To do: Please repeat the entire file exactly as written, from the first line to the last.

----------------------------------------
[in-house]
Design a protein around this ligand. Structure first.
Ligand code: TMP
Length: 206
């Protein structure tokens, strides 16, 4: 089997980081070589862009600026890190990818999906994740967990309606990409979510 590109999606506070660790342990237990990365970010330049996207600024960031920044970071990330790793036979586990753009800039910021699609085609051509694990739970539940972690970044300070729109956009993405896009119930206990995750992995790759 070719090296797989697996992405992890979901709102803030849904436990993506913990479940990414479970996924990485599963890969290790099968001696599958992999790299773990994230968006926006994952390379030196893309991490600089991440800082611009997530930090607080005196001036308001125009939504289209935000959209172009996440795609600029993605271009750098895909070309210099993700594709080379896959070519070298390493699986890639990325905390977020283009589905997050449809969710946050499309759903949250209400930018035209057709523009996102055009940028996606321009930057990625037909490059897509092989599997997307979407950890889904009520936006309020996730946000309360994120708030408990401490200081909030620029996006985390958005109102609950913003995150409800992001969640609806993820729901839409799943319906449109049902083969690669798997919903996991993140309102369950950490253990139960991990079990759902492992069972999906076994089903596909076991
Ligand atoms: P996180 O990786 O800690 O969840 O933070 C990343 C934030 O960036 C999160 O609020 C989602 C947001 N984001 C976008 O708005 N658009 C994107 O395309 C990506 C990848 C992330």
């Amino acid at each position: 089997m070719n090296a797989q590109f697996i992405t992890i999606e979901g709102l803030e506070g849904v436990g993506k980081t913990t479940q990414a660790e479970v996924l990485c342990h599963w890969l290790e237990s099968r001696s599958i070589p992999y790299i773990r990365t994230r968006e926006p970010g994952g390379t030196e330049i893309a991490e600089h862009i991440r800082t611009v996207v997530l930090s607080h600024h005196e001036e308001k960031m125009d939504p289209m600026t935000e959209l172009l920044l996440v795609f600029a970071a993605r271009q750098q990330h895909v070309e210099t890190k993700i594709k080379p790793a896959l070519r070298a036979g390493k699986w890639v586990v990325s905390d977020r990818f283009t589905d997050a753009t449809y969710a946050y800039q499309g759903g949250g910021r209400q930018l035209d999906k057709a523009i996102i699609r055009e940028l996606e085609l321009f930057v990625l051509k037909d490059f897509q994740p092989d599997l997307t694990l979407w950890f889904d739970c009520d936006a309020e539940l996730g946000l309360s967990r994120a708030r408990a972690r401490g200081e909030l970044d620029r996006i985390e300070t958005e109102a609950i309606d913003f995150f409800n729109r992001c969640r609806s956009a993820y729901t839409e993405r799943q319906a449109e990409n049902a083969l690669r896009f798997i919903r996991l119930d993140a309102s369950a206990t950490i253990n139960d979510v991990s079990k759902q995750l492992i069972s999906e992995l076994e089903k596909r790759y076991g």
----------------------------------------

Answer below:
[in-house]
Design a protein around this ligand. Structure first.
Ligand code: TMP
Length: 206
């Protein structure tokens, strides 16, 4: 089997980081070589862009600026890190990818999906994740967990309606990409979510 590109999606506070660790342990237990990365970010330049996207600024960031920044970071990330790793036979586990753009800039910021699609085609051509694990739970539940972690970044300070729109956009993405896009119930206990995750992995790759 070719090296797989697996992405992890979901709102803030849904436990993506913990479940990414479970996924990485599963890969290790099968001696599958992999790299773990994230968006926006994952390379030196893309991490600089991440800082611009997530930090607080005196001036308001125009939504289209935000959209172009996440795609600029993605271009750098895909070309210099993700594709080379896959070519070298390493699986890639990325905390977020283009589905997050449809969710946050499309759903949250209400930018035209057709523009996102055009940028996606321009930057990625037909490059897509092989599997997307979407950890889904009520936006309020996730946000309360994120708030408990401490200081909030620029996006985390958005109102609950913003995150409800992001969640609806993820729901839409799943319906449109049902083969690669798997919903996991993140309102369950950490253990139960991990079990759902492992069972999906076994089903596909076991
Ligand atoms: P996180 O990786 O800690 O969840 O933070 C990343 C934030 O960036 C999160 O609020 C989602 C947001 N984001 C976008 O708005 N658009 C994107 O395309 C990506 C990848 C992330």
């Amino acid at each position: 089997m070719n090296a797989q590109f697996i992405t992890i999606e979901g709102l803030e506070g849904v436990g993506k980081t913990t479940q990414a660790e479970v996924l990485c342990h599963w890969l290790e237990s099968r001696s599958i070589p992999y790299i773990r990365t994230r968006e926006p970010g994952g390379t030196e330049i893309a991490e600089h862009i991440r800082t611009v996207v997530l930090s607080h600024h005196e001036e308001k960031m125009d939504p289209m600026t935000e959209l172009l920044l996440v795609f600029a970071a993605r271009q750098q990330h895909v070309e210099t890190k993700i594709k080379p790793a896959l070519r070298a036979g390493k699986w890639v586990v990325s905390d977020r990818f283009t589905d997050a753009t449809y969710a946050y800039q499309g759903g949250g910021r209400q930018l035209d999906k057709a523009i996102i699609r055009e940028l996606e085609l321009f930057v990625l051509k037909d490059f897509q994740p092989d599997l997307t694990l979407w950890f889904d739970c009520d936006a309020e539940l996730g946000l309360s967990r994120a708030r408990a972690r401490g200081e909030l970044d620029r996006i985390e300070t958005e109102a609950i309606d913003f995150f409800n729109r992001c969640r609806s956009a993820y729901t839409e993405r799943q319906a449109e990409n049902a083969l690669r896009f798997i919903r996991l119930d993140a309102s369950a206990t950490i253990n139960d979510v991990s079990k759902q995750l492992i069972s999906e992995l076994e089903k596909r790759y076991g």